A-Mode, B-Mode and C-Mode:
These two modes are simple in nature. A-Mode creates a display that graphs discoveries in the optic nerves. Using an X (depth) and Y (amplitude) axis, A-Mode drafts a one-dimensional presentation that obtains it’s information from the sound waves in the direction that the probe is facing.
B-Mode, also known as 2D mode, presents a two dimensional demonstration. The brighter the image, the more intense and focused the echo (which is the reverberation of sound waves that the transducer emits) is. Like nearly all other ultrasound images, the position of the image is contingent on the angle that the transducer is placed.
C-Mode functions similarly to B-Mode, although it has not been been as developed to full potential. Using data and a range of depth from A-Mode, the transducer then moves to B-Mode (or 2D mode) and examines the whole region at the depth originally employed in two dimensional imagery.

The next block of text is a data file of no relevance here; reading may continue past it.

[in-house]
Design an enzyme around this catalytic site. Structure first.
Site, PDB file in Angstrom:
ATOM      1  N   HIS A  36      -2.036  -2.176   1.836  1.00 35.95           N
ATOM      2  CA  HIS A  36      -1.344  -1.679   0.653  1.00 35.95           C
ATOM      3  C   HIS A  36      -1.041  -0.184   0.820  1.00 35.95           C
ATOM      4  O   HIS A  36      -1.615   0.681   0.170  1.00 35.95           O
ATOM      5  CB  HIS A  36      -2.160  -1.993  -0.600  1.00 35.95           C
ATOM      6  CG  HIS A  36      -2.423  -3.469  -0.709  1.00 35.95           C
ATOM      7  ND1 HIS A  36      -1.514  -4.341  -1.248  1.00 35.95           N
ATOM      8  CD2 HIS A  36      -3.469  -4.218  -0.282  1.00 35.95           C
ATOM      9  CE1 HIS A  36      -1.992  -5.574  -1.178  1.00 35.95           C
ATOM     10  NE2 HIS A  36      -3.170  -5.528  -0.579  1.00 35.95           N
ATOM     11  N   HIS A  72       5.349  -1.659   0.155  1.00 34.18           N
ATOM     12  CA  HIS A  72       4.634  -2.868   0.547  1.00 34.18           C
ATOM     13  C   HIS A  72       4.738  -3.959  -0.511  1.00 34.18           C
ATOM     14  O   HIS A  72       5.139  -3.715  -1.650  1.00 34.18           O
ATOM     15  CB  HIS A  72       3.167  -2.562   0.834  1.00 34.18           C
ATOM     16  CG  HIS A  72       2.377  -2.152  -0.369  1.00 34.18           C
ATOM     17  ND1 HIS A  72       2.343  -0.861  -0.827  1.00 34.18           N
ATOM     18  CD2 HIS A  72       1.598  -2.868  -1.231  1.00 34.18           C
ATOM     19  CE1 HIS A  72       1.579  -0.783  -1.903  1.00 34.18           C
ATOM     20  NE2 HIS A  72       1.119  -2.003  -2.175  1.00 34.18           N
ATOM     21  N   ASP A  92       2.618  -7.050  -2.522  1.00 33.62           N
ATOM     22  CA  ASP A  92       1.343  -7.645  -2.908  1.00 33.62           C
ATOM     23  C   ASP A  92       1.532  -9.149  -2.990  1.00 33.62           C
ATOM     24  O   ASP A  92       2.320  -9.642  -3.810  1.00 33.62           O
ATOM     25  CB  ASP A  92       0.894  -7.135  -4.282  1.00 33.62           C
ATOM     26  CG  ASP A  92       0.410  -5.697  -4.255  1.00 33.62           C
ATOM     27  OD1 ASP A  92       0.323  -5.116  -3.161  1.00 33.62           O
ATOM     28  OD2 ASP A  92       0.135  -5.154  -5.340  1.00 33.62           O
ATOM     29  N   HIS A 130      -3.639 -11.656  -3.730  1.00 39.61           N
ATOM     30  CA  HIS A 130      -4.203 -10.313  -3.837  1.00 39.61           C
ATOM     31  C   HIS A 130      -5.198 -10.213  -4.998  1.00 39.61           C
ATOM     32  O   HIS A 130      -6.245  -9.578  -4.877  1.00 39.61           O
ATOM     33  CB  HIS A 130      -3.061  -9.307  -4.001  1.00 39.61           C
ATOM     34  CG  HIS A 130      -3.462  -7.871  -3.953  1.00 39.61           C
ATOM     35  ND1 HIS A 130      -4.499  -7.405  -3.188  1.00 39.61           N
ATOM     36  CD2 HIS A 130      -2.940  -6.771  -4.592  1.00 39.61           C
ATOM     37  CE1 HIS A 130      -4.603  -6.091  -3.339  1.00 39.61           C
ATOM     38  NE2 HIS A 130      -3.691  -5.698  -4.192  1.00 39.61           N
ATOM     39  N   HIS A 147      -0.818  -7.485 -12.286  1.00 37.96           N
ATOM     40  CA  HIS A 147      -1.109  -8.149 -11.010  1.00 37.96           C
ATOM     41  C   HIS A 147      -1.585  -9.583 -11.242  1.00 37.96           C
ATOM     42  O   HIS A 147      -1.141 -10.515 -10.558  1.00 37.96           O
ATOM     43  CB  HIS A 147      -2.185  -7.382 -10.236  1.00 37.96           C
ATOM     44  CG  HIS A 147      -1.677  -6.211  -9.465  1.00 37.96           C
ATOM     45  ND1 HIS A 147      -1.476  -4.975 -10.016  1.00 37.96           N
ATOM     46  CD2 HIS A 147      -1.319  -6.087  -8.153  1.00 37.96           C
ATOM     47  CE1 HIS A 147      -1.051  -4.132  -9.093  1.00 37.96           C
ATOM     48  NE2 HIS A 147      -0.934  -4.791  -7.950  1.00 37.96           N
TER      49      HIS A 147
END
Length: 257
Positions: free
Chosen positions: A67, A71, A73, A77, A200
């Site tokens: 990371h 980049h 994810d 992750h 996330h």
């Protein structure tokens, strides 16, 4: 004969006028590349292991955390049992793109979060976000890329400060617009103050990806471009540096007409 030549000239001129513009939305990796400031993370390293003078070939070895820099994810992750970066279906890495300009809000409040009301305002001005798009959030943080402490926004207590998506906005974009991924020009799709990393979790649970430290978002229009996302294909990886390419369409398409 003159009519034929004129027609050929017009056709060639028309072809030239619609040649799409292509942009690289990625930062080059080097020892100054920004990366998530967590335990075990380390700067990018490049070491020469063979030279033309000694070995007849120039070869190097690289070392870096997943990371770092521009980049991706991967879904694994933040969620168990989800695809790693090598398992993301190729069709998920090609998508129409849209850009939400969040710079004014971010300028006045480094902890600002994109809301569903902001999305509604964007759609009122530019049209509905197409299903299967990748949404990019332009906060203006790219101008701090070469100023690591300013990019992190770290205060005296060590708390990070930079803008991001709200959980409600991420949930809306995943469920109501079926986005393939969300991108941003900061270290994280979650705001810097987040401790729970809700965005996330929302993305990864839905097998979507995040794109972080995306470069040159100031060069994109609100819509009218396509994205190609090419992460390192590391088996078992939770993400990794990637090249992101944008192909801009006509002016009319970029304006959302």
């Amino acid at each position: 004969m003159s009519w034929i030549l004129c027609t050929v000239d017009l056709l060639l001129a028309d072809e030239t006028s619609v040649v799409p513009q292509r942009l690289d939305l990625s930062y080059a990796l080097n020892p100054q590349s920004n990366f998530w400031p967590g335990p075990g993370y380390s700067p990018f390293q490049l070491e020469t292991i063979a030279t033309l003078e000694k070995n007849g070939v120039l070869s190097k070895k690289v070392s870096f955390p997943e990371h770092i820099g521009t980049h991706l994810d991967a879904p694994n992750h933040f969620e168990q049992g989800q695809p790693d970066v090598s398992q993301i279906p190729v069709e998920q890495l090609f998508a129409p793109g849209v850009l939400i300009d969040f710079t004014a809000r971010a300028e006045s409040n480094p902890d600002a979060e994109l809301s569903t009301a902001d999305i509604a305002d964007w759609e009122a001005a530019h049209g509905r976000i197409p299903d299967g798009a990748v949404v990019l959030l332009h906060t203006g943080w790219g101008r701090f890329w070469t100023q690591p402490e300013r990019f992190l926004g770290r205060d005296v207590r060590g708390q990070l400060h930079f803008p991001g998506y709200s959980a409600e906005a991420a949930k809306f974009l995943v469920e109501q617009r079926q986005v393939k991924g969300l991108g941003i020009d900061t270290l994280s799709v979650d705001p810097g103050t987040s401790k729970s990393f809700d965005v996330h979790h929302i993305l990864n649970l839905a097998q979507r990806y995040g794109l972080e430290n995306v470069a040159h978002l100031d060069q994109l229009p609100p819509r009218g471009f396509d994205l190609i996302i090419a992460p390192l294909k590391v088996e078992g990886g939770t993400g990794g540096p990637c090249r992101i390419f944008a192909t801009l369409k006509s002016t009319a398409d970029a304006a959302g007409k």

B – Mode
M-Mode functions based on time – similar to a stop-motion video. Rapidly emitting pulses, the ultrasound takes either A-Mode images or B-Mode images, making the expansive collection of pulses similar to an ultrasound video. This technique is often utilized to regulate the velocity of organ structures. M-Mode serves a different purpose than A-Mode, B-Mode and C-Mode by employing a series of pictures and observing the difference over a span of time.
Although we have already elaborated on doppler imaging in our previous blog “How it Works: Doppler Ultrasound Imaging”, we can quickly recap it’s functionality. Applying ultrasound technology, diagnosticians are able to estimate and measure blood flow through various veins arteries and vessels. Recognizable by the moving colored images, red blood flowing towards the transducer and blue flowing away, the darker color slow moving blood and lighter color quick moving blood.
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